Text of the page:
In Silico Clinical Trials

Medical school teaches us there are in vitro and in vivo clinical trials. But the trend is going towards in silico - trials without human patients.

In Silico Clinical Trials

Artificial intelligence experienced a breakthrough in clinical trials in September 2020, when the new guidelines were introduced. But there’s another trend and a way of medical research that’s emerging and getting more and more accepted by regulators.

How?

In silico is still very much in its early days, but there are two different types. The first one is a hybrid model called "Organ Chips" or (organs on chips) developed by The Wyss Institute for Biologically Inspired Engineering of Harvard Medical School. The base is made of polymer, but it contains living human cells inside it. This is how they describe it on their website:

Each Organ Chip is composed of a clear flexible polymer about the size of a computer memory stick that contains hollow microfluidic channels lined by living human organ-specific cells interfaced with a human endothelial cell-lined artificial vasculature, and mechanical forces can be applied to mimic the physical microenvironment of living organs, including breathing motions in lung and peristalsis-like deformations in the intestine. They are essentially living, three-dimensional cross-sections of major functional units of whole living organs. Because they are translucent, they provide a window into the inner workings of human cells in living tissues within an organ-relevant context.

In other words, we can say this is the replacement for animals in drug trials. In essence, it’s an upgraded in vitro model as it can be the host of many human body environments and also a precise simulation environment for different purposes. This for example includes smoking, according to people’s habits.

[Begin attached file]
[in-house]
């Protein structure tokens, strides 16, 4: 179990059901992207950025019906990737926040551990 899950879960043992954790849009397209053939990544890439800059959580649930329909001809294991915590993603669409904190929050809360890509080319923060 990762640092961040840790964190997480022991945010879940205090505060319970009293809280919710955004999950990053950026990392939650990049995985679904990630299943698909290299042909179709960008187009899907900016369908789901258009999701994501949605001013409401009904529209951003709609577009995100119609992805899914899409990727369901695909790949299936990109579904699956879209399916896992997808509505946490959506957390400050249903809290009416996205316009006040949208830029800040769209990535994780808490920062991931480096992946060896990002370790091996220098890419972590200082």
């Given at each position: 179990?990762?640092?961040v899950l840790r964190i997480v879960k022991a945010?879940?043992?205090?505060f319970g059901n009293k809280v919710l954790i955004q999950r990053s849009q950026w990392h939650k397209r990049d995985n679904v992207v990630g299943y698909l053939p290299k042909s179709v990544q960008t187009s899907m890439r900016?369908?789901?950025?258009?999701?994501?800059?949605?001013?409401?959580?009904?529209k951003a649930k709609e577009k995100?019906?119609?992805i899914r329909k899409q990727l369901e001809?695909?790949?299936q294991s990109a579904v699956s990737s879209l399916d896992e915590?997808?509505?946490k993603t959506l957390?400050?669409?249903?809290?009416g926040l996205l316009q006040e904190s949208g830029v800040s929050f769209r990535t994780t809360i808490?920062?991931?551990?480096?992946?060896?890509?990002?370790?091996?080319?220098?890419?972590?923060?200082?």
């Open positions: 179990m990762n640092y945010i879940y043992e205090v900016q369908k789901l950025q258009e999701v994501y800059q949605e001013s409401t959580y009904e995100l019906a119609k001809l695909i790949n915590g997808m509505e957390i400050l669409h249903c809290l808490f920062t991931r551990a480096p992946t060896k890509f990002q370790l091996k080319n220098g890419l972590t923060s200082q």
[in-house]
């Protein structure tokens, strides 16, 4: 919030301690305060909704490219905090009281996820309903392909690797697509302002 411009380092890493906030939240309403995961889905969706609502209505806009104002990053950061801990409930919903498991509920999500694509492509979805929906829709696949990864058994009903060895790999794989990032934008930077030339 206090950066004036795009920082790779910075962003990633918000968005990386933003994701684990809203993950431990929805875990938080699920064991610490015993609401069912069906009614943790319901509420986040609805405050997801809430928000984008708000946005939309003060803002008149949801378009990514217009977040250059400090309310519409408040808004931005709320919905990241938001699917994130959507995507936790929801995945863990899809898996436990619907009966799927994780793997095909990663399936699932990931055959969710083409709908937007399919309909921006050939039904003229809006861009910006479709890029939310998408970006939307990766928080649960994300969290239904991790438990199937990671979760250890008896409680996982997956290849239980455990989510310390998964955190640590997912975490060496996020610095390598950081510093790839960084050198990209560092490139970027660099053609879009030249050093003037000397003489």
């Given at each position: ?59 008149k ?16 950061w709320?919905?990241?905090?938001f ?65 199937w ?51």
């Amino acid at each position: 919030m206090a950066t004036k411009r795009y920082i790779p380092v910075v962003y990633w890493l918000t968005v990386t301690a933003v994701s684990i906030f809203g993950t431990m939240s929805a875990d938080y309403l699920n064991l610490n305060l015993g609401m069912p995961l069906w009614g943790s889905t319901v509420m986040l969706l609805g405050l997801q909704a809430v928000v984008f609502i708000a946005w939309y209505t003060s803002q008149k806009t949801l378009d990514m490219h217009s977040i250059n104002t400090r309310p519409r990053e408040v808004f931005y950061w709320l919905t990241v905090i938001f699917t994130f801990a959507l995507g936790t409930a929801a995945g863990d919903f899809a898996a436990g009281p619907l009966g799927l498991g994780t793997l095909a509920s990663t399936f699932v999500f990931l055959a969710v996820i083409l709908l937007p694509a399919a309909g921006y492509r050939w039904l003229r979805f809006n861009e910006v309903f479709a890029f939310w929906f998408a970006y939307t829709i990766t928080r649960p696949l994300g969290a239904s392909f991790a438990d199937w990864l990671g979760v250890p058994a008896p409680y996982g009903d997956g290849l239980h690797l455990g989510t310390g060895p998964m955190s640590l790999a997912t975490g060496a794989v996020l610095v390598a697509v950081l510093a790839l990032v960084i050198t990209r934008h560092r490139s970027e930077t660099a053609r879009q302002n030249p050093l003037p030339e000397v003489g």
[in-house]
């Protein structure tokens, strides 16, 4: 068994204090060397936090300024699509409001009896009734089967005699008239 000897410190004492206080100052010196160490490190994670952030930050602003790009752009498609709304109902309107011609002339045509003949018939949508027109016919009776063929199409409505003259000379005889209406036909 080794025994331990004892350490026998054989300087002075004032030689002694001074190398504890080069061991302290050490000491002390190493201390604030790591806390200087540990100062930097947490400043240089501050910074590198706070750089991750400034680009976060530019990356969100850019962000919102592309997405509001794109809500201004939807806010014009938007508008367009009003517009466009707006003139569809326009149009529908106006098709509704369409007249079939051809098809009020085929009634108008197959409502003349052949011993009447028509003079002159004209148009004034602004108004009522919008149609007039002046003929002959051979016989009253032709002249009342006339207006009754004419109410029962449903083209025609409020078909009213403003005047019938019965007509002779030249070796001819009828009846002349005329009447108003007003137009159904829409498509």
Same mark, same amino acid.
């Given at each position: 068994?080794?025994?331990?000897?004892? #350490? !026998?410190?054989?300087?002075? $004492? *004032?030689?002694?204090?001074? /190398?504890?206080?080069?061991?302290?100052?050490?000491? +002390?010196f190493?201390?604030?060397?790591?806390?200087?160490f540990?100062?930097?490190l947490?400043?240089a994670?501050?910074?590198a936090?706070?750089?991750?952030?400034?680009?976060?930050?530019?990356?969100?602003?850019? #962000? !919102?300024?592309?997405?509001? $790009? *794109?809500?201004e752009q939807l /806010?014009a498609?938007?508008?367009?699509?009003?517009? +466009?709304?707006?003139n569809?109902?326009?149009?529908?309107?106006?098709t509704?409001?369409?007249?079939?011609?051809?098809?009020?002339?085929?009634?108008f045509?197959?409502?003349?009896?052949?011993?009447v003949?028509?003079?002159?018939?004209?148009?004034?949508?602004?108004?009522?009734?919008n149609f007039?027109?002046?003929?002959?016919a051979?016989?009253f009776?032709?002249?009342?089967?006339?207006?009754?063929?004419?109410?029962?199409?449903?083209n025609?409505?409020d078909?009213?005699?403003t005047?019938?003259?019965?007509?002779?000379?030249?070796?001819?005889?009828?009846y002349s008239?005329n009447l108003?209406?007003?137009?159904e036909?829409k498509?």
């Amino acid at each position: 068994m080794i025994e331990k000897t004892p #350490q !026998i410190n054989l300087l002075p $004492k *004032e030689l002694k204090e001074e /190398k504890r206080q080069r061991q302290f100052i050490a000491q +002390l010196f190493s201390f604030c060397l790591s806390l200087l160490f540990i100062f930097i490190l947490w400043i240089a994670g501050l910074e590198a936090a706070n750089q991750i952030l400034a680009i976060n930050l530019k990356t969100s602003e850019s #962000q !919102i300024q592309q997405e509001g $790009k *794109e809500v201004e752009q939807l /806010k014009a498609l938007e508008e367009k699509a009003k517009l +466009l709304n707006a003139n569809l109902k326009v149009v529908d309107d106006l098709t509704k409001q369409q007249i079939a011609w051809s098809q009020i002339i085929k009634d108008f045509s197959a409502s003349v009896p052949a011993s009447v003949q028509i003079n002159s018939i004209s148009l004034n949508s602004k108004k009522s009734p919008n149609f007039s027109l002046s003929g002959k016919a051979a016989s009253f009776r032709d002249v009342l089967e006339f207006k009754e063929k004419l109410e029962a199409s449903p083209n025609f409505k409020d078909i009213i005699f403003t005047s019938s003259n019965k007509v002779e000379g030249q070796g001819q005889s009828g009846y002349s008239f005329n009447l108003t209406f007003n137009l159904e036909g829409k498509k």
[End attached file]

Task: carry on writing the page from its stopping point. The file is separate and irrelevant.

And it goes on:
It gets even more holistic as many of these “organs” can be interconnected to simulate the human body in greater details and research the pharmacokinetic and pharmacodynamic responses to drugs.

The only problem could be that it’s still too reductionist. The following solution does an even better job, at the possible cost of validity - precise computational models of the human body, where scientists could run drug and clinical trials in the future.

Why?

Novadiscovery builds “mathematical models of disease and treatment based on real-world data and literature”. They try to improve three key steps in drug design that would make it easier for the developers to set the right target for the drug, optimise clinical development and have easier access to the market as it’s easier to demonstrate value to the payers.

From Novadiscovery's website
From Novadiscovery's website

Just as it says on their website, in silico models allow for a greater range of experimentation and no consequences whatsoever for the “participants”. And if you think about it, a very detailed in silico human model is better than animals, as there’s zero to no discrepancies in physiology.

Advanced models would also give precision medicine a boost since it would allow for two things. Firstly, drugs could be developed and applied to the individual. Secondly, it could give researchers answers to why specific drugs work for some people and not for others.

It’s almost not worthy of writing that it would also speed-up drug development and potentially make them cheaper across the board - i.e. more accessible.

Why not?

There are many reservations, though. Firstly, in silico is challenging because it lacks validity, and it’s questionable when it will. As mentioned and written about, artificial intelligence now has standards in place for better and safer trial design. In silico not so much. The basis for this is ASME V&V 40-2018 or “Assessing Credibility of Computational Modeling through Verification and Validation: Application to Medical Devices”, but is primarily intended for medical devices.

Secondly, healthcare and patients would have to comply with the fact that some drugs simply would not be tested on humans, but used by them. This is almost absurd (though theoretically possible) by itself. The patients would be faced with a great deal of uncertainty, which is again tied back to the previous point about validity.

But it has to start somewhere.

Mail

Not a subscriber yet?

  • Email every week
  • Support independent publishing
  • No spam, unsubscribe anytime
Subscribe for free

No spam ever. Unsubscribe anytime.